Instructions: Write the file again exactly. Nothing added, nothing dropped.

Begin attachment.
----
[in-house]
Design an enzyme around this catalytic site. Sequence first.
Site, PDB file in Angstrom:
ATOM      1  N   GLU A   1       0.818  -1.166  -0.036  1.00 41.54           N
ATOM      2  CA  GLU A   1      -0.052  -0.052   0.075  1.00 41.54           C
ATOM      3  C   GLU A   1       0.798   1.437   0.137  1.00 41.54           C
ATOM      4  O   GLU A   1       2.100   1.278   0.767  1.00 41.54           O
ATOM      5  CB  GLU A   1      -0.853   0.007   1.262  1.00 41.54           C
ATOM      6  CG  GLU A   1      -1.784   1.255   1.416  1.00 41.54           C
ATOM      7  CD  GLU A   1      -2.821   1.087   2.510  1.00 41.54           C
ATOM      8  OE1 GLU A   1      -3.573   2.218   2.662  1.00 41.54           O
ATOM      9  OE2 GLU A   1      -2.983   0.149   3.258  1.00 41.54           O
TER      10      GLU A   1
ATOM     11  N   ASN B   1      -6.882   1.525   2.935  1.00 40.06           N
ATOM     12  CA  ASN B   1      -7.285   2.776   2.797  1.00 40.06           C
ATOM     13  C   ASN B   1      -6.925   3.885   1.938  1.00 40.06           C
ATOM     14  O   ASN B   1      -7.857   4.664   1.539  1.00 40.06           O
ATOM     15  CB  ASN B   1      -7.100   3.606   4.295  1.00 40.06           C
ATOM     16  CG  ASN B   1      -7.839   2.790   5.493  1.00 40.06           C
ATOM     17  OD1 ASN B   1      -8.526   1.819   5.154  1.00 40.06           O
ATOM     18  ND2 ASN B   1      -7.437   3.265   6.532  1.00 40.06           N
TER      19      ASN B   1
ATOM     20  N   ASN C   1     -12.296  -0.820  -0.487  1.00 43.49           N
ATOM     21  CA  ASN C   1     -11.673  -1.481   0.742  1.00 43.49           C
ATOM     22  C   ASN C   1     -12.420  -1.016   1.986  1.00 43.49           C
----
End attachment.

[in-house]
Design an enzyme around this catalytic site. Sequence first.
Site, PDB file in Angstrom:
ATOM      1  N   GLU A   1       0.818  -1.166  -0.036  1.00 41.54           N
ATOM      2  CA  GLU A   1      -0.052  -0.052   0.075  1.00 41.54           C
ATOM      3  C   GLU A   1       0.798   1.437   0.137  1.00 41.54           C
ATOM      4  O   GLU A   1       2.100   1.278   0.767  1.00 41.54           O
ATOM      5  CB  GLU A   1      -0.853   0.007   1.262  1.00 41.54           C
ATOM      6  CG  GLU A   1      -1.784   1.255   1.416  1.00 41.54           C
ATOM      7  CD  GLU A   1      -2.821   1.087   2.510  1.00 41.54           C
ATOM      8  OE1 GLU A   1      -3.573   2.218   2.662  1.00 41.54           O
ATOM      9  OE2 GLU A   1      -2.983   0.149   3.258  1.00 41.54           O
TER      10      GLU A   1
ATOM     11  N   ASN B   1      -6.882   1.525   2.935  1.00 40.06           N
ATOM     12  CA  ASN B   1      -7.285   2.776   2.797  1.00 40.06           C
ATOM     13  C   ASN B   1      -6.925   3.885   1.938  1.00 40.06           C
ATOM     14  O   ASN B   1      -7.857   4.664   1.539  1.00 40.06           O
ATOM     15  CB  ASN B   1      -7.100   3.606   4.295  1.00 40.06           C
ATOM     16  CG  ASN B   1      -7.839   2.790   5.493  1.00 40.06           C
ATOM     17  OD1 ASN B   1      -8.526   1.819   5.154  1.00 40.06           O
ATOM     18  ND2 ASN B   1      -7.437   3.265   6.532  1.00 40.06           N
TER      19      ASN B   1
ATOM     20  N   ASN C   1     -12.296  -0.820  -0.487  1.00 43.49           N
ATOM     21  CA  ASN C   1     -11.673  -1.481   0.742  1.00 43.49           C
ATOM     22  C   ASN C   1     -12.420  -1.016   1.986  1.00 43.49           C